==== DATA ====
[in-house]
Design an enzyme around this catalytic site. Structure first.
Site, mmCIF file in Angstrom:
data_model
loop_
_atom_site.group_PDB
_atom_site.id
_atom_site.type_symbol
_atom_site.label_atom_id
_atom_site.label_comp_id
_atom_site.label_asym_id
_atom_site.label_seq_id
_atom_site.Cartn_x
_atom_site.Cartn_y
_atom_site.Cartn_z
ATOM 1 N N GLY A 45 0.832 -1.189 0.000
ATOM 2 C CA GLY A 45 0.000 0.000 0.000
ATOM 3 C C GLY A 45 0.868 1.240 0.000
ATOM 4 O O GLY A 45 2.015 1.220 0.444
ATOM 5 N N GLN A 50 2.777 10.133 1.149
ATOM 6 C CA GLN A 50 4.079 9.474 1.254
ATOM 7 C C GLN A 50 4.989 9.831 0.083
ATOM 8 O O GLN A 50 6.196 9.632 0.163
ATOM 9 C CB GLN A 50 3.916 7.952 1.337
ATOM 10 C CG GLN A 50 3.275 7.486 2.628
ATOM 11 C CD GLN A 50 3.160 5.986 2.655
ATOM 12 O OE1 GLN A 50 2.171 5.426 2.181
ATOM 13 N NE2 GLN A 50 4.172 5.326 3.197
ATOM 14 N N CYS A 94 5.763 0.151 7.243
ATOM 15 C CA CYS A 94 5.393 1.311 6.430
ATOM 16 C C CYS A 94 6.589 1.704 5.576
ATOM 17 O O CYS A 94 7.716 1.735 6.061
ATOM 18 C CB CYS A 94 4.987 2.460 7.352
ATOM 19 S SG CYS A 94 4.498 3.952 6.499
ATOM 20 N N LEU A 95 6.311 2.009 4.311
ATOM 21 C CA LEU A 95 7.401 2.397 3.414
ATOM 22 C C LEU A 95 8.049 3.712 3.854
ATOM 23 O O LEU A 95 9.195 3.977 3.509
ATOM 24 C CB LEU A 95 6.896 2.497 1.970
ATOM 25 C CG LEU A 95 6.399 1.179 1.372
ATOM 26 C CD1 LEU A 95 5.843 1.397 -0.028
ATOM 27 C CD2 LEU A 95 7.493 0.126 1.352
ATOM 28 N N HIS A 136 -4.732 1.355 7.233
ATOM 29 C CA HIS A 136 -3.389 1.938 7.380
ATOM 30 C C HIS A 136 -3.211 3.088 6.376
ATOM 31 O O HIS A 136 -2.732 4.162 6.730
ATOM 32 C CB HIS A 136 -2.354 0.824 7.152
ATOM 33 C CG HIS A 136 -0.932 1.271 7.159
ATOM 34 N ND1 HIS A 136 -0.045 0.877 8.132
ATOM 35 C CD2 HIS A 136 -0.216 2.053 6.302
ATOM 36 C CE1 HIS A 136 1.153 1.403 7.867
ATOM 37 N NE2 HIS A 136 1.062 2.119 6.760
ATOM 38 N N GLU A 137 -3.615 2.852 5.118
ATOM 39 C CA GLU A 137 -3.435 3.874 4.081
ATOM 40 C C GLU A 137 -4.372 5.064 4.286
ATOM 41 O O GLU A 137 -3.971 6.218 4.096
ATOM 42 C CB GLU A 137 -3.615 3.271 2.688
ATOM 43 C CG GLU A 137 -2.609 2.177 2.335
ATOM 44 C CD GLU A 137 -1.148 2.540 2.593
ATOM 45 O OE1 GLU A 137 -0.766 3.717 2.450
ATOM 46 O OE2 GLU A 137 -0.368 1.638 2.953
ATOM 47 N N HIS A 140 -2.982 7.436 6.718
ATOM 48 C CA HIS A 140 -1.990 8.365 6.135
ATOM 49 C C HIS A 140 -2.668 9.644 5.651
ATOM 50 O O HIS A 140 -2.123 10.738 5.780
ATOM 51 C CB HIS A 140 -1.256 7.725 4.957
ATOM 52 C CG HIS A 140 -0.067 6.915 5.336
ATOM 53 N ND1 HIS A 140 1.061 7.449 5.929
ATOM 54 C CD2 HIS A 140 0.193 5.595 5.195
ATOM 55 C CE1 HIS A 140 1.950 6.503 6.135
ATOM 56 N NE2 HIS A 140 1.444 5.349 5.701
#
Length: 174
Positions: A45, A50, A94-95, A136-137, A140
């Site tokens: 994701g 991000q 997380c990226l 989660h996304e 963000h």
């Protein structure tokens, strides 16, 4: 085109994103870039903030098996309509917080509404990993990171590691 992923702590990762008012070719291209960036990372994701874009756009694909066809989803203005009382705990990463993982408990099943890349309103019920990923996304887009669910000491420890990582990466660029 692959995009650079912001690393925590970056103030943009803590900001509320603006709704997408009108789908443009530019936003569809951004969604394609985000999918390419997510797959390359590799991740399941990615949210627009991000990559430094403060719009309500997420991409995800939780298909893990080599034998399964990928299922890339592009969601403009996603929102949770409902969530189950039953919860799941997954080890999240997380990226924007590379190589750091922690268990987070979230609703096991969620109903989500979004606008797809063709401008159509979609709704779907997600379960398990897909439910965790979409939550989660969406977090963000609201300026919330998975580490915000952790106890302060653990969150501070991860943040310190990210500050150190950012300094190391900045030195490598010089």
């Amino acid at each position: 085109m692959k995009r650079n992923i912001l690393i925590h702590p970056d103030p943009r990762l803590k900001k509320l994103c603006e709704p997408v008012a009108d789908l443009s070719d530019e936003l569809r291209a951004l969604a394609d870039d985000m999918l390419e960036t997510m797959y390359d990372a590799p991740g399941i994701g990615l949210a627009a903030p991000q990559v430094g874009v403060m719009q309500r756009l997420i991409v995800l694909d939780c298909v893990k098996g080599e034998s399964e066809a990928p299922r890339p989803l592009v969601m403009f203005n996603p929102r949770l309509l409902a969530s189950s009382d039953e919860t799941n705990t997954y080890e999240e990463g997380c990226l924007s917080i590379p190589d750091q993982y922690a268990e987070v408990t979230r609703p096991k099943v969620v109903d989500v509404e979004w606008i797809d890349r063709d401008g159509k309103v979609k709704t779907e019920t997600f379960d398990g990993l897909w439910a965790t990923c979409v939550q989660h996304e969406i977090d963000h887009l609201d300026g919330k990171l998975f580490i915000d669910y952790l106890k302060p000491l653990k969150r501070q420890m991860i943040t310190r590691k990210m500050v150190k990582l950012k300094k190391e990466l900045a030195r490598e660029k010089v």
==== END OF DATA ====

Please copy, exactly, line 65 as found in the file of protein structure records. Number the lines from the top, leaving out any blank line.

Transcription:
ATOM 50 O O HIS A 140 -2.123 10.738 5.780